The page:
“Endeavor has just one woman on its executive team and none on its board of directors. Among ten executives, directors, and one board nominee named in the prospectus, 49-year-old Chief Human Resources Officer Kerry Chandler is the sole female. 'It is appalling that in this day and age, a company would prepare to go public with a board that does not have any women represented. Not only is it insulting and outdated, it’s bad for business,' a spokesperson for Time’s Up said." Fortune, May 29, 2019

Serena Williams Won’t Be Silenced. Her Clothes Are Doing the Talking
“That’s where Ms. Williams unveiled her latest Nike outfit — or Nike x Off White outfit (designed by Virgil Abloh, the multi-hyphenate founder of Off-White as well as the artistic director of Louis Vuitton men’s wear). Which was a black-and-white striped crop top, tennis skirt, trapeze-back jacket that flew out like a cape in the wind, and maxi skirt (for photos), all emblazoned with the French words for “Mother, Champion, Queen, Goddess.”NYTimes, May 28, 2019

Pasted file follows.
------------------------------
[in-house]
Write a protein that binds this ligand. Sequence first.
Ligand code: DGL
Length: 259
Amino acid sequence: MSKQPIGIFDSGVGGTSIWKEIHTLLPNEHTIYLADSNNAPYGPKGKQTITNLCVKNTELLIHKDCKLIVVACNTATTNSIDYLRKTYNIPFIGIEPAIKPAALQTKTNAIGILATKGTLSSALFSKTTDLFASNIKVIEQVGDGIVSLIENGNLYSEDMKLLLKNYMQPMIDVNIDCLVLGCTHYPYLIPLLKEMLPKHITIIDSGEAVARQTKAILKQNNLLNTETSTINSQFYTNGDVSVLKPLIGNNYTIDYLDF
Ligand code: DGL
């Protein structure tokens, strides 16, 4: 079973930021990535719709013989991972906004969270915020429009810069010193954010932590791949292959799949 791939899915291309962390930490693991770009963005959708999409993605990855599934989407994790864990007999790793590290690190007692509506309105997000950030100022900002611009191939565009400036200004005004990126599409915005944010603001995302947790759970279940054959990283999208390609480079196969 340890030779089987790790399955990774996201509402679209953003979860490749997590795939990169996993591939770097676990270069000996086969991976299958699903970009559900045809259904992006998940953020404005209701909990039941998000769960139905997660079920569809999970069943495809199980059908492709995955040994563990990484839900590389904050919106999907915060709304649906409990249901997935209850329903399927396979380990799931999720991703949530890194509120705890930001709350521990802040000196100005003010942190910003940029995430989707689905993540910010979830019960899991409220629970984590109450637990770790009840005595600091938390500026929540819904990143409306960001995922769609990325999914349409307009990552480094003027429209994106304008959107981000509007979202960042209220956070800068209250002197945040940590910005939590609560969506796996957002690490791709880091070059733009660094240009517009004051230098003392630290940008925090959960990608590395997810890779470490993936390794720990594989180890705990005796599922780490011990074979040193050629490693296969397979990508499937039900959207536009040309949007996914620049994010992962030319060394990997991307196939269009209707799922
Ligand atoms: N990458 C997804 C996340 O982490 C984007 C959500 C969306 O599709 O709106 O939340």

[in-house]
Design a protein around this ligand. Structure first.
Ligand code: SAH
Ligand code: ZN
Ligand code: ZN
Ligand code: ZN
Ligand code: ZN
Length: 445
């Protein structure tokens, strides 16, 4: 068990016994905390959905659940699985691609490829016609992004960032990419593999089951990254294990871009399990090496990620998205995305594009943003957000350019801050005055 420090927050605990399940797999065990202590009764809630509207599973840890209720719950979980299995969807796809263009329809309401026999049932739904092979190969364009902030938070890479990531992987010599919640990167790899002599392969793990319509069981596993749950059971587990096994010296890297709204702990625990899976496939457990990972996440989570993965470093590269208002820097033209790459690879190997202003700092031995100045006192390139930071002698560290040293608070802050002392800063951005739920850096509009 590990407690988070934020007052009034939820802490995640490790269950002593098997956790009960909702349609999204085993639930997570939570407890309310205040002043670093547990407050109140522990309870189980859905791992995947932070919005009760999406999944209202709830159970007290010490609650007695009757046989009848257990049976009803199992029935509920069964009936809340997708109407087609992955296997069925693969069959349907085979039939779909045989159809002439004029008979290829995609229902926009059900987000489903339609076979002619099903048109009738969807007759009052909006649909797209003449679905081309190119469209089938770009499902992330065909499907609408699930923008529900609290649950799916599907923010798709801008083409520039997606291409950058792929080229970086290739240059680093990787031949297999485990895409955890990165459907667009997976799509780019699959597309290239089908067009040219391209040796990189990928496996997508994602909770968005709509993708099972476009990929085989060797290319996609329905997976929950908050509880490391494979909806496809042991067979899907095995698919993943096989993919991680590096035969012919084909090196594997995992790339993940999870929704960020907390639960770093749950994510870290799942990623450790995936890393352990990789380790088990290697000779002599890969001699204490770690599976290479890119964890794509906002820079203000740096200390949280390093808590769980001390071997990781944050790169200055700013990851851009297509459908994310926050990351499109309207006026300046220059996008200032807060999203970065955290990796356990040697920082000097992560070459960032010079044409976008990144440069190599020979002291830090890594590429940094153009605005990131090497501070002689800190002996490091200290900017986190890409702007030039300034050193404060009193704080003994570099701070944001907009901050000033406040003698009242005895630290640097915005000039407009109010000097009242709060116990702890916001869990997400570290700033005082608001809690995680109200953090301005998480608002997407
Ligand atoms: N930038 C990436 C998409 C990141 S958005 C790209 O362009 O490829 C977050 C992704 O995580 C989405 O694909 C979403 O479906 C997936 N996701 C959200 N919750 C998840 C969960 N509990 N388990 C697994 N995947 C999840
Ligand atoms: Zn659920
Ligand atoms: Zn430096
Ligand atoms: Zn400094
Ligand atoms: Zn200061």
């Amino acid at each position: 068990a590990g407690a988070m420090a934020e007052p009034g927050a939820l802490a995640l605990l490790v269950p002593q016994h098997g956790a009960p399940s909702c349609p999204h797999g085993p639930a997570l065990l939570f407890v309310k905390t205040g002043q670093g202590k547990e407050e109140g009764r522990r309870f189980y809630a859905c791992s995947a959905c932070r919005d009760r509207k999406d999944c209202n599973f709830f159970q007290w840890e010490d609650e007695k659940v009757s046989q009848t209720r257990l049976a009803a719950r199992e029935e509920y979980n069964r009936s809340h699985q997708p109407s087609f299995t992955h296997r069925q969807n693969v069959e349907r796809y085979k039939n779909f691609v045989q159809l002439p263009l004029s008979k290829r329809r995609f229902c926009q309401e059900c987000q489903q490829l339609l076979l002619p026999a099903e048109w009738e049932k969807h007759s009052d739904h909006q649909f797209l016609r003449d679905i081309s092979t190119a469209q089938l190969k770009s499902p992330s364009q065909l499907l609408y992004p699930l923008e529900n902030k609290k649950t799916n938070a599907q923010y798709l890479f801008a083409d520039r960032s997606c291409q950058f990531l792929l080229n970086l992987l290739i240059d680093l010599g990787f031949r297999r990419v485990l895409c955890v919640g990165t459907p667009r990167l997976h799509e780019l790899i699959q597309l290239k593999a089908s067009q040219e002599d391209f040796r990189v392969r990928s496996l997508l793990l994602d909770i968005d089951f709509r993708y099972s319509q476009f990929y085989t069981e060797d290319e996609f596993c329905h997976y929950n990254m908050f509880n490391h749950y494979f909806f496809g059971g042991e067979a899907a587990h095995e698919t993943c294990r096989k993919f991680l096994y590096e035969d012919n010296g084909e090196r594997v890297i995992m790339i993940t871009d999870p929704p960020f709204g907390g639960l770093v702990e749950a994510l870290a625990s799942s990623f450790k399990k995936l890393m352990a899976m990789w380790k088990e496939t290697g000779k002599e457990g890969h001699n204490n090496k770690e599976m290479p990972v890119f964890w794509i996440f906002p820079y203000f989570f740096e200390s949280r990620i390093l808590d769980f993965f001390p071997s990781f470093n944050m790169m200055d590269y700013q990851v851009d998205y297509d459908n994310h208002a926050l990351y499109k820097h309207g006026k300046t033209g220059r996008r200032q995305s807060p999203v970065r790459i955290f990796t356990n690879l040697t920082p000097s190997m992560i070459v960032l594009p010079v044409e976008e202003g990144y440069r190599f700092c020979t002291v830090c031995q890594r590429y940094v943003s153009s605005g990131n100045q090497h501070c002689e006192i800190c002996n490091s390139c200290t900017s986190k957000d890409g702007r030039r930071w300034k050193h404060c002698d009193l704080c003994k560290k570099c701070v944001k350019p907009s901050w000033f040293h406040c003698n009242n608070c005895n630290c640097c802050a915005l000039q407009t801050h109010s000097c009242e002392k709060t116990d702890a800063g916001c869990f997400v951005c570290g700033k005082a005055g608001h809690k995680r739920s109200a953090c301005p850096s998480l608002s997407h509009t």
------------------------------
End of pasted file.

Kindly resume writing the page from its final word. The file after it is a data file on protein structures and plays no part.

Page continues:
Publication features on women and their careers. 
The Woman Behind This $117.5M Venture-Backed Co-Working Space is a Black CFO

“I became increasingly aware of the lack of women who looked like me in my industry, and so that impacted the degree in which I pursued being as successful as possible, and one day a CFO. It became part of my drive."

Diedra Nielson, the CFO of The Wing, talks about overcoming implicit bias in finding her own way into the finance industry. Black Enterprise, May 26, 2019
Nicole Kidman Burns Brighter Than Ever